August 13, 2013

Under the Dome: "Thicker Than Water" Review

It's been a few weeks since I've written about Under the Dome, and things have gone from bad to worse in Chester's Mill. They also haven't gotten that much better in terms of the show's writing or acting, but I don't need to talk about that again.

Regardless, last night's episode, "Thicker Than Water," was a pretty good one. It didn't advance the plot much, but as its title suggests, it delved into family relationships, offering character insights that up until this point, the show had lacked. At the start of the episode, we learned that Big Jim is just about the worst father since Darth Vader, kicking his psychotic son Junior out of the house in a fit of rage. I'll admit, this made me laugh out loud. I mean, where's he gonna go? Later, we learned that Junior's mother, who he believed died accidentally, actually committed suicide. There was a lot of blame bouncing between the father and son, which may explain both their fragile relationship, and their fragile grasps on reality.

Alexander Koch as "Junior"
The episode's title was also a play on words, as the main plot line focused on a feud between Big Jim and Ollie over the town's water supply. Big Jim recruits a group of townspeople to storm Ollie's property and seize control of his well. (Is it just me, or do the residents of Chester's Mill seem particularly predisposed to vigilante violence?) The twist here is that he'll also be opposing his son who, in your typical act of teenage rebellion, has joined forces with his father's nemesis.  Barbie, however, concocts an alternate plan. He believes the best choice is to blow up Ollie's well, diverting the water to the town's reservoir. To the viewer, this seems like the good solution, and a way to prevent bloodshed. But Big Jim protests that there's no way to be certain that the explosion won't taint the entire supply of water. This is another in a line of reasonable concerns from the unreasonable councilman.

For better or worse, Under the Dome is good at keeping the viewer guessing who the true villain of the story is. Certainly, neither Ollie or Big Jim is to be rooted for. Both of them are willing to lie, steal, and even kill for their own selfish gain. And while Barbie often comes out looking like the hero, we can't forget that the first time we met him, he was burying the body of a man he murdered - a man whose wife he's now sleeping with. Not exactly heroic qualities. Junior, for all his faults and acts of kidnapping and murder (add Ollie to his list of victims), is looking more and more like a victim himself, if only of his father's horrific parenting. Of course, many of these villainous actions wouldn't have happened if the Dome hadn't fallen. So does that mean the villain is the Dome itself? Norrie certainly seems to think so, blaming the mysterious phenomenon, as well as Joe and ultimately herself, for her mother's death.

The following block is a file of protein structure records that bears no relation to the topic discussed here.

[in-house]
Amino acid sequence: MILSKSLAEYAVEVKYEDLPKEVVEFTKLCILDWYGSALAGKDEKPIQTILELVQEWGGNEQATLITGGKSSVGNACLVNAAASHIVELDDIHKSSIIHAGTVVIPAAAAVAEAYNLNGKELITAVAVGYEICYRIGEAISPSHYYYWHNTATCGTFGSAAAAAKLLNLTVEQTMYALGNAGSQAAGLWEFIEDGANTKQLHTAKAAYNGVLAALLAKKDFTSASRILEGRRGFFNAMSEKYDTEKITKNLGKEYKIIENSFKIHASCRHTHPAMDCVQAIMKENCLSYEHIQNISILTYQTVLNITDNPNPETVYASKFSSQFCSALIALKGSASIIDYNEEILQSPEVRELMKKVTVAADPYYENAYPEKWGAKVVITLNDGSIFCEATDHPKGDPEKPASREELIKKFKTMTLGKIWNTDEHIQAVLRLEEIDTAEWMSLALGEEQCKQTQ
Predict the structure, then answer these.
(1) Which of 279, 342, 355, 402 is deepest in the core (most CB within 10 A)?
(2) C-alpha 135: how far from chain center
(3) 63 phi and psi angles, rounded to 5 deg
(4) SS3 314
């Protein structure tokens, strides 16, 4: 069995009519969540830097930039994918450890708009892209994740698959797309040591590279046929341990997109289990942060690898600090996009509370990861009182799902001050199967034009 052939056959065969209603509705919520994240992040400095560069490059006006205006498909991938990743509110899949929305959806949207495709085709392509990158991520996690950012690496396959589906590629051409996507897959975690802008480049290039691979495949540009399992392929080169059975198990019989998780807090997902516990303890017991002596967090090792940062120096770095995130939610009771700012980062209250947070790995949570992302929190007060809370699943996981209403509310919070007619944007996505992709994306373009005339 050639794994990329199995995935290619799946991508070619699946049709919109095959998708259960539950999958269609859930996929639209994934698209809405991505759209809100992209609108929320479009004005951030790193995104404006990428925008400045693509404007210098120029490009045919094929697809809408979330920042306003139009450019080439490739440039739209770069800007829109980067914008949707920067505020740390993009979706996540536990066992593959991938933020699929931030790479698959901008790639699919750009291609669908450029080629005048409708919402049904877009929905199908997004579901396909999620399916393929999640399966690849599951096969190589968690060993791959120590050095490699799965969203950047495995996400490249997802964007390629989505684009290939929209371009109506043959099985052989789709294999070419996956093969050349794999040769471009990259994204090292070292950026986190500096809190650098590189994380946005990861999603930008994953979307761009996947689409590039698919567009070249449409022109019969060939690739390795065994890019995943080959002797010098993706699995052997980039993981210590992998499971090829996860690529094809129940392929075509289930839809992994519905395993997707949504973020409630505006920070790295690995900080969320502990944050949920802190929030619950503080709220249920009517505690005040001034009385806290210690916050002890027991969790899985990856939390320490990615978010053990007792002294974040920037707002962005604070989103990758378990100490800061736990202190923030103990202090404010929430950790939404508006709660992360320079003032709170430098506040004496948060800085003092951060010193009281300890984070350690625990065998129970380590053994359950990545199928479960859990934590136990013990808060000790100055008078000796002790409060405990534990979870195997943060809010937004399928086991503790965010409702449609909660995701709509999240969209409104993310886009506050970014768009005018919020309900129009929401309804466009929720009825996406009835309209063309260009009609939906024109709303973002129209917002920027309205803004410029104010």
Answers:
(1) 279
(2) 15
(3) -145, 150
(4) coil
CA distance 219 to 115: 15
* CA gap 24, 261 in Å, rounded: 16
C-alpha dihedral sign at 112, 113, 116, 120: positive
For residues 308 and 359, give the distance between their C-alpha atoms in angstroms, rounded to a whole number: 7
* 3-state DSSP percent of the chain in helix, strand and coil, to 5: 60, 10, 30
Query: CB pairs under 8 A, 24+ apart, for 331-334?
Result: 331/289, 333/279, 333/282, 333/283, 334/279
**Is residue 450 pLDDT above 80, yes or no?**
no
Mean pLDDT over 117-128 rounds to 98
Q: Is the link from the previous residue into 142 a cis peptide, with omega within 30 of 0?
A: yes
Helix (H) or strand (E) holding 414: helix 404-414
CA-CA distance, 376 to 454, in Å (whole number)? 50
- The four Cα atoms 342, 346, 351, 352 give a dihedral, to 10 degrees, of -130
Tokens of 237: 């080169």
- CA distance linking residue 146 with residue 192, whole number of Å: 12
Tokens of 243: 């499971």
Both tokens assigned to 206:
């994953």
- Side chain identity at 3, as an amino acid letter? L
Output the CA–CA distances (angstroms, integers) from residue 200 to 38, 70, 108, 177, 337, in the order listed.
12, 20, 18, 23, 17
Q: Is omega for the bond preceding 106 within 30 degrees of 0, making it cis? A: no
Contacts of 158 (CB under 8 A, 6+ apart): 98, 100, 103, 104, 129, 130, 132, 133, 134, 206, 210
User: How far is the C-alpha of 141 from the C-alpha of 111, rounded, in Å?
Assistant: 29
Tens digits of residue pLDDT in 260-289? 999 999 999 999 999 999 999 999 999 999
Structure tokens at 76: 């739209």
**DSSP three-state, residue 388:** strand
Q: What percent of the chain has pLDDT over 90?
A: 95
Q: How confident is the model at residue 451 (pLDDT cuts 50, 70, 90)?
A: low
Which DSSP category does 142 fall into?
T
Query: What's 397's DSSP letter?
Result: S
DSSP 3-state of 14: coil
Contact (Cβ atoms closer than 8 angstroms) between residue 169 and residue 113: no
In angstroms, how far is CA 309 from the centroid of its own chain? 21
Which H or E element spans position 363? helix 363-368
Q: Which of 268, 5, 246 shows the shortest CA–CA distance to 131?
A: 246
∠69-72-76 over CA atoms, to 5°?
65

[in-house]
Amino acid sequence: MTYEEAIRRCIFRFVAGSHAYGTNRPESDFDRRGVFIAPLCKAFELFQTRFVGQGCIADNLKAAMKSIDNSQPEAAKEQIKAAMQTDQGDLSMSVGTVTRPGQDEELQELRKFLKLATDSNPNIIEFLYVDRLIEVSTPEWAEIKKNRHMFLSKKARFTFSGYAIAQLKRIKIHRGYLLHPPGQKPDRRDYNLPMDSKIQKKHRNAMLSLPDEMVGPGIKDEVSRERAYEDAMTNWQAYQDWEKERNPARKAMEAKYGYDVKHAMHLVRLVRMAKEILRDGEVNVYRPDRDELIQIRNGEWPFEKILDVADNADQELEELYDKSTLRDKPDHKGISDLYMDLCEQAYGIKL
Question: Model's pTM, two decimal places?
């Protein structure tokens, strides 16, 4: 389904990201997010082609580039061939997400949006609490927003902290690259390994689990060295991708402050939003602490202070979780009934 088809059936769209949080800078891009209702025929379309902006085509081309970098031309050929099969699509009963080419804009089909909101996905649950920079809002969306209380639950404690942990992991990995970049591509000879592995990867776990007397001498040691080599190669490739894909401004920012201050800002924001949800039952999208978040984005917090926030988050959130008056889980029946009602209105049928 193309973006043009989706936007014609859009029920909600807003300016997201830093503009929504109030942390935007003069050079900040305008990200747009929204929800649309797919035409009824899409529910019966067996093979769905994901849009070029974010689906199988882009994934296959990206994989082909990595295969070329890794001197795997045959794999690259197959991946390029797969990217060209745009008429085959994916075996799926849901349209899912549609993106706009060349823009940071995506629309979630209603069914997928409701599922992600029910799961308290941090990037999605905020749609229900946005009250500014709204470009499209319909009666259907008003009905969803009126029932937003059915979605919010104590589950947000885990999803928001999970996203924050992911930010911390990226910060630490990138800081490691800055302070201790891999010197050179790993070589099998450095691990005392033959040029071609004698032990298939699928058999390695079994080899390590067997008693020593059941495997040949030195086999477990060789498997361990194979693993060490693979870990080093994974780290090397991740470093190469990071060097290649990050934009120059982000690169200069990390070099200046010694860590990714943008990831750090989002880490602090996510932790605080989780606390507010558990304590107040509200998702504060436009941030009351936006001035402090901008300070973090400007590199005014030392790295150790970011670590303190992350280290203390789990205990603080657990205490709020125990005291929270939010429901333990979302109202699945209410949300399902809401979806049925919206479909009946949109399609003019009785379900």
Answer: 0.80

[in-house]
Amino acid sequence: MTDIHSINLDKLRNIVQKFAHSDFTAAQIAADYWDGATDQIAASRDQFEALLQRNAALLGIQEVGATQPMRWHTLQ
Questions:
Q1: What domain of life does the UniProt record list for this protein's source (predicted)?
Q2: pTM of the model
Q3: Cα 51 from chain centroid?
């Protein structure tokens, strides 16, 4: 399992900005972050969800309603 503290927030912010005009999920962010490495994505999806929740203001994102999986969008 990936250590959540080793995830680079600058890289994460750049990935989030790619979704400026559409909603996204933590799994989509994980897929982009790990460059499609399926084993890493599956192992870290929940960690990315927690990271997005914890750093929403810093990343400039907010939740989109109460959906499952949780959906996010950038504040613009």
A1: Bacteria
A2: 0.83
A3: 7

Now that the Dome is speaking through hallucinations (do I need to reference Lost again?), it may become easier to view the fishbowl anthropomorphically. Even if the Dome is the bad guy, though, are the residents of Chester's Mill really the good ones? I suppose things aren't that simple when your town is "cut off from the rest of the world by a mysterious dome." Normally, I would say that makes a story good. Stories shouldn't be basic and characters shouldn't be one-dimensional, but I'm having trouble finding anyone in Chester's Mill heroic (or interesting) enough to root for. I'm hoping that changes by the end of the season.

Speaking of which, I was somewhat bemused to hear that Under the Dome has been renewed for a second season. Bemused, but also encouraged. It's always a risk to invest in a summer show, as these are so often short lived. So it's nice to know the snowglobe town will be waiting for me when summer 2014 rolls around.

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